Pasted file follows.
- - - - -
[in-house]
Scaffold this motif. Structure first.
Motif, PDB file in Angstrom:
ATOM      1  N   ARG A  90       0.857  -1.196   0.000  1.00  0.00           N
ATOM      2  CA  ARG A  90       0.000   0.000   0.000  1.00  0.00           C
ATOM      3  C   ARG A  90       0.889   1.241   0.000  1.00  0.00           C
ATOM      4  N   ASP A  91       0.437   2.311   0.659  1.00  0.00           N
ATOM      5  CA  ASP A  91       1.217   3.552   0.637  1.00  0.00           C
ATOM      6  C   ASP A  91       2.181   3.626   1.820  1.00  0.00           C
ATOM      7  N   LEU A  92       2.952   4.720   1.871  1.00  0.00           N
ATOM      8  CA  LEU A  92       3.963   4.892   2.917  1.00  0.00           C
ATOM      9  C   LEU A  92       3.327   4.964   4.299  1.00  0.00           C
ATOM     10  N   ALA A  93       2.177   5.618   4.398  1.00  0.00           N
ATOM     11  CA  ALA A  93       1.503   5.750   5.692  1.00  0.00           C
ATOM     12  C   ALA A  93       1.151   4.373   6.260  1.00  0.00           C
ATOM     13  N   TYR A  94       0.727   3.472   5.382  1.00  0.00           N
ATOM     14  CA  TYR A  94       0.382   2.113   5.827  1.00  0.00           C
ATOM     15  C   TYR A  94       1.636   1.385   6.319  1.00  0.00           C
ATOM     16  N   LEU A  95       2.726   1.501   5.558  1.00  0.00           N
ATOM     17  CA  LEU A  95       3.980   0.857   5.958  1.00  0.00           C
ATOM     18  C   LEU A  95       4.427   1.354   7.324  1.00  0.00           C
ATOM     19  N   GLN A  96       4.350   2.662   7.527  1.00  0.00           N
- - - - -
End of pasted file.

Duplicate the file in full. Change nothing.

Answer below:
[in-house]
Scaffold this motif. Structure first.
Motif, PDB file in Angstrom:
ATOM      1  N   ARG A  90       0.857  -1.196   0.000  1.00  0.00           N
ATOM      2  CA  ARG A  90       0.000   0.000   0.000  1.00  0.00           C
ATOM      3  C   ARG A  90       0.889   1.241   0.000  1.00  0.00           C
ATOM      4  N   ASP A  91       0.437   2.311   0.659  1.00  0.00           N
ATOM      5  CA  ASP A  91       1.217   3.552   0.637  1.00  0.00           C
ATOM      6  C   ASP A  91       2.181   3.626   1.820  1.00  0.00           C
ATOM      7  N   LEU A  92       2.952   4.720   1.871  1.00  0.00           N
ATOM      8  CA  LEU A  92       3.963   4.892   2.917  1.00  0.00           C
ATOM      9  C   LEU A  92       3.327   4.964   4.299  1.00  0.00           C
ATOM     10  N   ALA A  93       2.177   5.618   4.398  1.00  0.00           N
ATOM     11  CA  ALA A  93       1.503   5.750   5.692  1.00  0.00           C
ATOM     12  C   ALA A  93       1.151   4.373   6.260  1.00  0.00           C
ATOM     13  N   TYR A  94       0.727   3.472   5.382  1.00  0.00           N
ATOM     14  CA  TYR A  94       0.382   2.113   5.827  1.00  0.00           C
ATOM     15  C   TYR A  94       1.636   1.385   6.319  1.00  0.00           C
ATOM     16  N   LEU A  95       2.726   1.501   5.558  1.00  0.00           N
ATOM     17  CA  LEU A  95       3.980   0.857   5.958  1.00  0.00           C
ATOM     18  C   LEU A  95       4.427   1.354   7.324  1.00  0.00           C
ATOM     19  N   GLN A  96       4.350   2.662   7.527  1.00  0.00           N